Survived and Punished calls it the “Good Victim” problem. The multiform ways in which society already pathologized and criminalized the conditions of these women’s lives—their Blackness, their sexuality, their immigration status, their class positions, their “criminal records”—prevented them from being seen as victims in the eyes of the state. And as nonvictims involved in a crime, they became criminal themselves. Author, activist, and victim advocate Andrea Ritchie puts it this way in Invisible No More: “White supremacy demands such complete control of Black women and women of color that it takes very little to perceive us as out of control.” The result is that the United States is filling prisons with survivors of rape and domestic abuse. According to the ACLU, up to 94 percent of incarcerated women in some women’s prisons are victims of past sexual abuse.

But as feminist Beth Ritchie writes, “You do not need a prison to build up a prison nation.” Instead, the export of carceral practices beyond the prison, through surveillance, the hoarding of resources, and the constant threat of coercive violence, is enough to exercise control over women in their homes and their communities. The same framework is behind the systems that force victims into houselessness and poverty and threaten them with deportation. “Survivors who are already criminalized are not recognized as people in need of support and advocacy,” Survived and Punished writes on its website. “Their experience of violence is diminished, distorted, or disappeared, and they are instead simply seen as criminals who should be punished.”


So how do we account for sexual violence—undisappear it without reproducing the same violent logics of the carceral state? What do we do with the rapists?

In April 2000, a group of radical, queer feminists of color convened a conference in Santa Cruz, California, to contend with this question and others in the struggle against gender-based violence. Much of what we in the U.S. know today about alternative models of justice is owed to the Color of Violence Conference. It was there that INCITE! Women of Color Against Violence formed and collectively developed tool kits to recast state and interpersonal violence as mutually constitutive forces, building on the work of abolitionists in the 1960s and ’70s. In recentering their own communities, which were at once brutalized by the criminal legal system while being denied recourse to it, these women developed strategies to circumvent it, and they named it “transformative justice.”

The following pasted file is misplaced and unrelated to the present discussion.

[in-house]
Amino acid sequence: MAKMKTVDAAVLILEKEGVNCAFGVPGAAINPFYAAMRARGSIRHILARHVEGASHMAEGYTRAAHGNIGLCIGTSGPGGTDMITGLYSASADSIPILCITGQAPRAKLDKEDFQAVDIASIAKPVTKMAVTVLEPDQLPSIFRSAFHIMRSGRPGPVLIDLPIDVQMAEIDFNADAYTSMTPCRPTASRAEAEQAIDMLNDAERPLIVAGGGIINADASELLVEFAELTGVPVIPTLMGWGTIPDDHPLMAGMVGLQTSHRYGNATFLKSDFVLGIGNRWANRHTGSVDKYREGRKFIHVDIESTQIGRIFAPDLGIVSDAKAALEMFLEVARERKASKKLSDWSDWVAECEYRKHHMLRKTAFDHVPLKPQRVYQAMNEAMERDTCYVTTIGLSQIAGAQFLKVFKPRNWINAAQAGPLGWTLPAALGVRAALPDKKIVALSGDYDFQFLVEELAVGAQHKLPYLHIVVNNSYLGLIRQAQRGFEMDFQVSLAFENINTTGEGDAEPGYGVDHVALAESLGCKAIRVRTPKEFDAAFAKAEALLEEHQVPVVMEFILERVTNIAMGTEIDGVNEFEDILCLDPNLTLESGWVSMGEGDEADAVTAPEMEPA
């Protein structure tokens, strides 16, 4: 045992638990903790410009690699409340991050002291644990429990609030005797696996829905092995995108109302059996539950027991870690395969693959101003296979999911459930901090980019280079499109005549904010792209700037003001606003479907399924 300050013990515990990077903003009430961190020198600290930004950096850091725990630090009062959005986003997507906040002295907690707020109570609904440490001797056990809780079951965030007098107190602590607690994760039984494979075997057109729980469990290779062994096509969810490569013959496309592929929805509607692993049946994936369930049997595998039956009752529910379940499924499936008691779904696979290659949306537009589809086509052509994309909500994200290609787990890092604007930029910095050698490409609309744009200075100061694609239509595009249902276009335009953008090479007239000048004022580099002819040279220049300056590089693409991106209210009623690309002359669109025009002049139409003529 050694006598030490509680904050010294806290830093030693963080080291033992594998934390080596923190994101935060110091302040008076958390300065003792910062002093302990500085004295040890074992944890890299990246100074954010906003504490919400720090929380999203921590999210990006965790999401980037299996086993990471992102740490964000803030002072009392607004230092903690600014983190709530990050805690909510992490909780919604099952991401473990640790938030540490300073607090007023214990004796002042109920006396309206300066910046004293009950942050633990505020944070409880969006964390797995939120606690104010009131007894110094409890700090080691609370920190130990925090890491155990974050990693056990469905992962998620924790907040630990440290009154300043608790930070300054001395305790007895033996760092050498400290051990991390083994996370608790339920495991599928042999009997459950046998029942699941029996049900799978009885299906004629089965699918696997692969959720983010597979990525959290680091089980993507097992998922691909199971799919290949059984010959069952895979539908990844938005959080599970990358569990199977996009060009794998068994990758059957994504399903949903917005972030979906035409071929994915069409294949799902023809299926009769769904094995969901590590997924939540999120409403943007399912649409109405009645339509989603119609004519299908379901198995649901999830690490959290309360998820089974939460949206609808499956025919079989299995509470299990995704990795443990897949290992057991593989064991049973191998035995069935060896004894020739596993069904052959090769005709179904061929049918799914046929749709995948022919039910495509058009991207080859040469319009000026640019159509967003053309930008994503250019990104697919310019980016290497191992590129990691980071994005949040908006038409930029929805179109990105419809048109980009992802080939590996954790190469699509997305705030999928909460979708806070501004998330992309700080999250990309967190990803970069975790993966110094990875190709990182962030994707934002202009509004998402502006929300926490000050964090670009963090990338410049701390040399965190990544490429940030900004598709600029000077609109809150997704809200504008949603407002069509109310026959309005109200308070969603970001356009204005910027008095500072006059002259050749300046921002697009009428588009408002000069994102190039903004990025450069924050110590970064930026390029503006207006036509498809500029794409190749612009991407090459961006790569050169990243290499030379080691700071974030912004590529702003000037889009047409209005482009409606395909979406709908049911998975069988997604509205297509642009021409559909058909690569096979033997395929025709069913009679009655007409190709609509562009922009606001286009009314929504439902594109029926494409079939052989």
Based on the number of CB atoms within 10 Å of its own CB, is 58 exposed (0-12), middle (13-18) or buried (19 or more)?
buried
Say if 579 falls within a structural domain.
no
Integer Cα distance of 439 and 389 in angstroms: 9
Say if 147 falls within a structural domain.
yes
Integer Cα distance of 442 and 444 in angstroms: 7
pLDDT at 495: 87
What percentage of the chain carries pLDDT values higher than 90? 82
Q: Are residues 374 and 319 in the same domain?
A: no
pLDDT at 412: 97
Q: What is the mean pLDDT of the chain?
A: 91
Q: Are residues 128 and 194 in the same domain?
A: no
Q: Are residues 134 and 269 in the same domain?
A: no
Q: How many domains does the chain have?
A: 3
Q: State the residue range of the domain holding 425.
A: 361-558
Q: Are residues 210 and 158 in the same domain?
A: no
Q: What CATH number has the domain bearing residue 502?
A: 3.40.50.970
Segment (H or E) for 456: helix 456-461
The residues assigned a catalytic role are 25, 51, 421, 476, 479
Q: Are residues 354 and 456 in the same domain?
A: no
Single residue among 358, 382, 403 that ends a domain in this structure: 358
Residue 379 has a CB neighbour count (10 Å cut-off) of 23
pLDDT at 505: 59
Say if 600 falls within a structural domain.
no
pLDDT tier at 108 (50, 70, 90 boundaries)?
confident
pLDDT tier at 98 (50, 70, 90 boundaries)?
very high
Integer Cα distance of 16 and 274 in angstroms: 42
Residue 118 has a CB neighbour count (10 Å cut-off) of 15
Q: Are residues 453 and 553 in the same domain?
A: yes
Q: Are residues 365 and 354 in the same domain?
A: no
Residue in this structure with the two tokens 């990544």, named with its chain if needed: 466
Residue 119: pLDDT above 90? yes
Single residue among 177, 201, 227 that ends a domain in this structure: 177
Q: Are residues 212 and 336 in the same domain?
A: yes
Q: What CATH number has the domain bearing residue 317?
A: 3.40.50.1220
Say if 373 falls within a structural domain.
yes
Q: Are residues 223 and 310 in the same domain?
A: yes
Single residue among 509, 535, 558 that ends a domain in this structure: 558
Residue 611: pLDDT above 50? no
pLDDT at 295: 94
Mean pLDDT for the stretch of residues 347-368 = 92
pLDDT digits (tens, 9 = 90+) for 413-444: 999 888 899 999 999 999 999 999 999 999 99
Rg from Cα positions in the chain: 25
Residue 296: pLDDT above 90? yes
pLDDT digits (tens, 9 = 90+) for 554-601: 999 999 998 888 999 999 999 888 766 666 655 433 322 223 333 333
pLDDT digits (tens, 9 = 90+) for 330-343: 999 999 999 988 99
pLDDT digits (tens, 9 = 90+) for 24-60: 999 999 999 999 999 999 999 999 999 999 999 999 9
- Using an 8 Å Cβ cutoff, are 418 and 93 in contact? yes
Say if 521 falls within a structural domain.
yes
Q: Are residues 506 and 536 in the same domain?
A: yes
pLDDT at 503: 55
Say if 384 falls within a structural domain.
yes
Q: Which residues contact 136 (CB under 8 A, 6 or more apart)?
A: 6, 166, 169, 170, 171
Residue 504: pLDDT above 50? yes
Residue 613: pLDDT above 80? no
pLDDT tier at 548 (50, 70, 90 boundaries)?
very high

As opposed to punitive justice, which excises people from their communities, the principles of transformative justice are rooted in a practice of community accountability. Here, perpetrators are treated as people (rather than eternal criminals) who have the capacity to permanently change their behavior. Survivors are treated as agents (rather than eternal victims) who can ask for and be provided with whatever resources and courses of action they might need. Forgiveness may be part of that equation; it may not be. And harm is located within a broader nexus of violence within the community. In her seminal work Are Prisons Obsolete?, abolitionist Angela Davis writes that the prison “functions ideologically as an abstract site into which undesirables are deposited, relieving us of the responsibility of thinking about the real issues afflicting those communities from which prisoners are drawn in such disproportionate numbers.” Transformative justice, on the other hand, does not let us off so easily. It asks us to understand acts of violence as arising from conditions of scarcity, trauma, and oppressive hierarchies like racism and sexism. In doing so, it reveals the pressure points where real interventions can have real impact.

This is not a simple process. It also does not mean an instant, clean eradication of violence. In these accountability processes, friends, family, neighbors, co-workers, community organizations, apartment complexes, labor unions, and other sites of social and community meaning work together to repair harm done and generate safety in their communities, often with some degree of involvement by either the survivor or the perpetrator, or both. Within the context of these processes, survivors are afforded more flexibility to decide for themselves what justice looks like. This is critical, because the open secret of sexual assault is that even if the criminal justice system worked perfectly (putting rapists behind bars), it would still have little to nothing to offer survivors in the way of healing. “One of the things that I’ve learned over the years is that people mostly want … answers. ‘Why are you doing this?’ ‘Why did you do this to me?’” Mariame Kaba has said of this work. “They want you to admit that you did what you did.… The current system … makes it impossible for you to admit that you did harm.” Here again is the weird double bind of “crime” on full display: In the context of the criminal legal system, to admit guilt is to submit to possible punishment and violence. There is no incentive to take responsibility for harm done, which is often the very thing that survivors need. Accountability processes create a structure in which a perpetrator can voluntarily “enter into accountability,” as INCITE! puts it.